3.1. Topological Layers of Cognition
The model presented here is a general framework to develop specific implementations according to requirement. The main ingredients are the division/synthesis of causal structure in terms of more primitive structure, and organizing these composite structures into layers corresponding to constraints and affordances of causal relations, and the developmental order.
We propose that the first layer compounds Topological relations, and consequently, that comprehension of causal relations across space and time prioritizes topological structures. It implies that early or primitive forms of causal cognition and specifically spatial cognition would not be highly conceptual, only involving simple notions of proximity, separation, order, enclosure, connectivity, and boundedness. As discussed later, such conceptualization may be through non-symbolic category formation where subjects have restricted access to verbal codes: for example, fundamental ideas about space are developed in infancy by motor and perceptual mechanisms and rely strongly upon sensory/perceptual data. Diagrammatically, two objects A and B, are topologically related if there is an event that connects them, which is defined by the relation R(A,B). These connections are usually described by wires and objects by nodes. Under this notation, wires are relational events and circles are static objects (Figure 2).
Figure 2. Layer structure for cognition. (A) Topological Structure is relational and increase in complexity as we rise through the layers. In the topological layer, circles represent objects and wires topological relations between objects. Then, causal structure, in the form of process theories is build on top of topological relations from the lower layer. In this second pre-order or basic causal layer, objects become represented by wires and causal relations by processes. Finally, the metric layer adds metric structure, which elaborates causal structure in a suitable, spatial and temporal setting. This condition is given by the black dots in the figure. (B) This layer division generates a hierarchical structure, where higher layers are structurally constrained by the data of lower layers as well as they can influence part of the lower configuration.
The relation events R(A,B) and S(C,D) connecting the objects of cognition described by A, B, C, and D correspond to fundamental and basic notions, that eventually lead to the understanding of spatial relations. Later, other types of relation emerge, such as the effects between objects, which correspond to object interactions across primitive notions of time. These interactions define processes notated by boxes, such as f . More specifically, such interactions may correspond to a causal processes according to a partial order relation (Figure 2A). In other words, the object A and B become causally related systems under the partial order, written A ≤ B, meaning in the abstract that information flows unidirectionally from A to B, thus defining a second layer of structure upon systems. Notably, causal relations defined in this way among objects are not necessarily unique, as exemplified by the case of C and D. Following the notation from previous works (Coecke and Kissinger, 2017), now wires become objects/systems and boxes the causal processes among them (Figure 2A).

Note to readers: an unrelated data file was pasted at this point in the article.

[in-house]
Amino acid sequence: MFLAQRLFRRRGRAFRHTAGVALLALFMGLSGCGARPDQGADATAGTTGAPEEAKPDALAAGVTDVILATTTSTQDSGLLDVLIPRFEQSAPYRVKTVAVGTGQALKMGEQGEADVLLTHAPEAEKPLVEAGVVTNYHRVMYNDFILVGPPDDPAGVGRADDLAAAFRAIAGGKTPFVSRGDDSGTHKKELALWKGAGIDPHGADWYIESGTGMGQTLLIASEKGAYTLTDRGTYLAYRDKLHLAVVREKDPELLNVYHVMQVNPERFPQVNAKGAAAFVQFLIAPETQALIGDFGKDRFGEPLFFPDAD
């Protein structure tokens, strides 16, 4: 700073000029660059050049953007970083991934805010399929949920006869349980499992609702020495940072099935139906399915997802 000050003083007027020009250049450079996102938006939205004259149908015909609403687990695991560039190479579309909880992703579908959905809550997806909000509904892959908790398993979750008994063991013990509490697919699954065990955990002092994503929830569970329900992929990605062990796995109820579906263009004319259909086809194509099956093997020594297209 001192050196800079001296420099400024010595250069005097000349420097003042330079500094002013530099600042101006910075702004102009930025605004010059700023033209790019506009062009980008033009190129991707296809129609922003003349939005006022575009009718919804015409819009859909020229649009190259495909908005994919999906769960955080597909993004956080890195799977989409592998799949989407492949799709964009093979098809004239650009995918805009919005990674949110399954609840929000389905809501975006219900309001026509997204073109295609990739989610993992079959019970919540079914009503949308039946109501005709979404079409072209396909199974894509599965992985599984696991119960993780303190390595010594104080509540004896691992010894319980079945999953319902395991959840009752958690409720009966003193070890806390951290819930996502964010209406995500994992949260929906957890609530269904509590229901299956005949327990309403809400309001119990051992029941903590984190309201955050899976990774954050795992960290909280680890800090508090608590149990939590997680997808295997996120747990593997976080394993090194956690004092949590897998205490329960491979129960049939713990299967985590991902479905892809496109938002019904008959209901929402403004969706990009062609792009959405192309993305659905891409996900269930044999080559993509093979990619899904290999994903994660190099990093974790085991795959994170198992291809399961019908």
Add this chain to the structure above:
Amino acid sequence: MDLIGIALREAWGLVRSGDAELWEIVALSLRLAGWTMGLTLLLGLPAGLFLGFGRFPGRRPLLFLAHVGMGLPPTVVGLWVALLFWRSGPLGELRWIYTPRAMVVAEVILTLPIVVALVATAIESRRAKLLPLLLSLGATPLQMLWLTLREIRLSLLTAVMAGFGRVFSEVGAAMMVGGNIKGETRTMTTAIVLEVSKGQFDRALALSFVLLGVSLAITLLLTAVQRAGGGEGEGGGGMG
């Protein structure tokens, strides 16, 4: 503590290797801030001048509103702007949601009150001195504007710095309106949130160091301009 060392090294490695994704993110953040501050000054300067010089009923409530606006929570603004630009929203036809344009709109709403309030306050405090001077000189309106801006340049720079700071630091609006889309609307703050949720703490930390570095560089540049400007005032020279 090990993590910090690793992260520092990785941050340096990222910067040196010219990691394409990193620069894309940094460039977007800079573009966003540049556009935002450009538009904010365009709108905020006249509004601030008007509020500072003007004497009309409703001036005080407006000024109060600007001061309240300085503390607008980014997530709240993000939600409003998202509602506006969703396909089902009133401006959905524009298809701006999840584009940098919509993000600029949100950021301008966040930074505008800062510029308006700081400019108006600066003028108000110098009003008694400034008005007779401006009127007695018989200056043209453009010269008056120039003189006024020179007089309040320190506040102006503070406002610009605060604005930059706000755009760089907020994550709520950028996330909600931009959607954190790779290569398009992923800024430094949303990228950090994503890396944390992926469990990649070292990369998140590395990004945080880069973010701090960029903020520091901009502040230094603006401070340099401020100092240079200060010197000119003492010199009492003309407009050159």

Empirically, we abduct events from observations of relational spatial properties. In contrast, processes may encompass unobservable intervening dynamical factors (e.g., forces), which need to be constructed or reconstructed in further levels of complexity: processes correspond to abstract components of mechanisms. Therefore, the second layer would correspond to the representational/relations space associated with causal interactions, governed by the partial order relations mentioned above. We hypothesize that the gradual emergence of concepts, syntax, grammar would be associated with such higher layers, as these permit representation and reasoning with counterfactual and imaginary phenomena not immediately constrained by past experience and direct perception.
A consequence of this division is that constraint-satisfying structure on any layer, in turn, places constraints on how further layers are defined. Viewing foundational layers as abstract schema or cognitive resources (and their neural realizations) shapes the modes of access to that structure, constraining how relations take place in that schema. For instance, when we take processes in spacetime to be mutually exclusive, we can begin to fill in complex narratives. If we know that a battle and a wedding took place in the same valley, mutual exclusivity of processes and linear temporal ordering allow us to raise a fruitfully constrained set of alternative models: either the battle came before the wedding, or vice versa.
Hence, any layer may be viewed as an abstract space upon a lower layer, the higher further specifying instances of structure compatible with those of the lower (Figure 2B). In Figure 2A, the higher layer carries the particular refinement of metric structure. The precise nature of cognitive metric structures is a question for future research, and not our chief concern here. No matter the metric, according to the layer-cake model, representation and reasoning in metric spaces is more computationally intensive than in topological spaces, because higher layers carry a greater informational capacity than lower ones, and carry more constraints and affordances for the reasoner to navigate.